Archive for the ‘Uncategorized’ Category

Abstract: Canadian archives arose from and help maintain white supremacist and settler-colonial frameworks. The inequitable power relations that exist in archives and archival practices contribute to the harms done to Indigenous people and communities;1 they do so through the ongoing entrenchment of settler colonialism and the participation in extractive colonialism that occur within the processes […]


Abstract: This paper examines how land-based methodologies in parks and protected areas can serve Indigenous priorities while challenging settler colonial logics and conventional aims of Eurocentric research. We report on collaborative research with the Łútsël K’é Dene First Nation (Northwest Territories) as part of a six-year (2016–2021) international partnership project entitled Tracking Change. Focus is placed […]


Abstract: Much historical scholarship on Indigenous education policy focuses on attempts to assimilate Indigenous peoples. Meanwhile, educational policy debates tend to focus on achievement, framed by deficit. Rarely considered are strategic political actions by Indigenous groups to remodel schooling. This paper examines how Indigenous groups have embraced opportunities to construct new Indigenous futures through schooling, […]


Abstract: This essay looks at Chickasaw anti-Blackness within experiences of settler colonialism, removal, and slavery in the South as well as Chickasaw refusals to address the complicities of slave-owning in the nation. Drawing on the author’s own family history to think through the possibilities and failures to link Indigeneity and slavery, the essay considers what […]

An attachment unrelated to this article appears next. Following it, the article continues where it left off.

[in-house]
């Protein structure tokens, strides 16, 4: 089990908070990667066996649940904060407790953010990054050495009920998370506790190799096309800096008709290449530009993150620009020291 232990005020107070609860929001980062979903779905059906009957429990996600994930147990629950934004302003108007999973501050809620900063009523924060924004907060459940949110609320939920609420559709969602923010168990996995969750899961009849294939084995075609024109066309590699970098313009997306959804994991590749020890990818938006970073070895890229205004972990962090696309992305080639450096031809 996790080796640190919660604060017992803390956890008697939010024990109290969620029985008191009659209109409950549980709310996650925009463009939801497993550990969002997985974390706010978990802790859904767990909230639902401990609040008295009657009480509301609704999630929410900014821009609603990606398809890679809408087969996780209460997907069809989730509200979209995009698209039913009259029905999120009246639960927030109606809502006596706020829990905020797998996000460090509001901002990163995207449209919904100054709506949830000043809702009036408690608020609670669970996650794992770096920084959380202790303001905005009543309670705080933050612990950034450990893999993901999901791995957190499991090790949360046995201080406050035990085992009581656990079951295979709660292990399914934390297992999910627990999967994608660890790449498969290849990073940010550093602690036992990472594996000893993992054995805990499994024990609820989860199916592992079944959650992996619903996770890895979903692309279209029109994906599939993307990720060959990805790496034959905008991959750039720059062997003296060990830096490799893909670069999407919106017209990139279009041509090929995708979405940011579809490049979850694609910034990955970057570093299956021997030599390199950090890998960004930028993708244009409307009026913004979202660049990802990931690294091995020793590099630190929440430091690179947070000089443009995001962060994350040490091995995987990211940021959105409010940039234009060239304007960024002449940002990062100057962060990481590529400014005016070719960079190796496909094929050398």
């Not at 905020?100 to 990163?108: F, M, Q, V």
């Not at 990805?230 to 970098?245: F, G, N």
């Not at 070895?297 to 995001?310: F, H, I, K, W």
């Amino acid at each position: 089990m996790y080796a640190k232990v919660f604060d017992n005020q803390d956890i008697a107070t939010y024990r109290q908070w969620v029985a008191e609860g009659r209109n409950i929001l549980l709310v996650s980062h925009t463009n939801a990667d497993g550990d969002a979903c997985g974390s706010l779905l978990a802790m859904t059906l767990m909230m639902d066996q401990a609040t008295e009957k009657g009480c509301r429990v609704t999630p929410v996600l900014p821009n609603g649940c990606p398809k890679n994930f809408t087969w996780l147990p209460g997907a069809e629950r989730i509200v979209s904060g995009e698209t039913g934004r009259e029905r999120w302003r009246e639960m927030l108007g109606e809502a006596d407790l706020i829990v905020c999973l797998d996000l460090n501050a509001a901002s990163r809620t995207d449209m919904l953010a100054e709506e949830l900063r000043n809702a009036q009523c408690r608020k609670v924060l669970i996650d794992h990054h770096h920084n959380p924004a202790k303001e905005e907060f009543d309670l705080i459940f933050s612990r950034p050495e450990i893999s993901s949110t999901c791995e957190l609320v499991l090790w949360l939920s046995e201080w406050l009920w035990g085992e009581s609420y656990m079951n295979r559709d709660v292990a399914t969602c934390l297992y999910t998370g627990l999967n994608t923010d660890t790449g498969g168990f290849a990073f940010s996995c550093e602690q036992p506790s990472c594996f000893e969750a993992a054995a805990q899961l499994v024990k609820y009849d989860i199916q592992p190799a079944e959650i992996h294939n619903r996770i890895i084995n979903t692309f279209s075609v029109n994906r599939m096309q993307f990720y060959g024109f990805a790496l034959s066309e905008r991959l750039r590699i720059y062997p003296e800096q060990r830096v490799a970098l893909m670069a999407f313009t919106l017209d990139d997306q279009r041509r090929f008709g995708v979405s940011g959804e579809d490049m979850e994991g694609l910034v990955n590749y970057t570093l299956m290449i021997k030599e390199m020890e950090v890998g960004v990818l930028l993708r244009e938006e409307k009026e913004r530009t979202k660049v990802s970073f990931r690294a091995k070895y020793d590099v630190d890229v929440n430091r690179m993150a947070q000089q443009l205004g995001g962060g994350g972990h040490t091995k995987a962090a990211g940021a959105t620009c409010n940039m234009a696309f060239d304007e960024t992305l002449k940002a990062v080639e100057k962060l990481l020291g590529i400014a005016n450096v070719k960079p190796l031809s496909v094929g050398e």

Description: The question that this book aims to answer might seem simple: how can a violent project of dispossession and discrimination be imagined, felt, and profoundly believed in as though it were the exact opposite––an embodiment of sustainability, multicultural tolerance, and democratic idealism? Despite well-documented evidence of racism and human rights abuse, Israel has long […]


Abstract: Through the Bureau of Indian Affairs (BIA) relocation program starting in 1952, the United States sought to terminate federal trust restrictions for American Indians and while relocating reservation and rural-residing Indigenous people to cities to be assimilated into the American “mainstream.” I analyze the BIA’s program as part of the specifically settler colonial structure […]


Abstract: Interweaving Ecocriticism, Settler Colonial Studies, and Indigenous Studies, this essay interrogates the concepts of climate change and the apocalypse, repositioning them alongside Indigenous experiences of broken kinship relationships. Focusing on the Canadian Indigenous context, I first discuss the settler colonial implications of environmental apocalypse, arguing that Indigenous peoples are already living in a post-apocalyptic […]


Abstract: In consideration of current conversations on systemic racism and reconciliation in Canada, this work extends collective understandings of the impact of Canada’s policies towards Indigenous Peoples in Canada, including both the Manitoba Act (1870) and the Indian Act (1876), to examine how a “forcefield of settler colonialism” was deployed as a compounding tactic to […]


Abstract: This essay explores the differing relations to land, time, and history—human and planetary—that organized responses to the New Madrid Earthquakes of 1811–12 and that now characterize responses to the Anthropocene. Indigenous and settler accounts connected the earthquakes to a catastrophic rupture in time, but they located that catastrophe differently. For the US, the disaster […]


Abstract: Addressing the gendered dimensions of family violence remains a key focus in the primary prevention of violence against women (PVAW) in Indigenous and non-Indigenous Australian communities. What is seen as more important for Indigenous communities in PVAW is addressing the legacies and ongoing impacts of colonisation on Indigenous people, families, and communities. This focus […]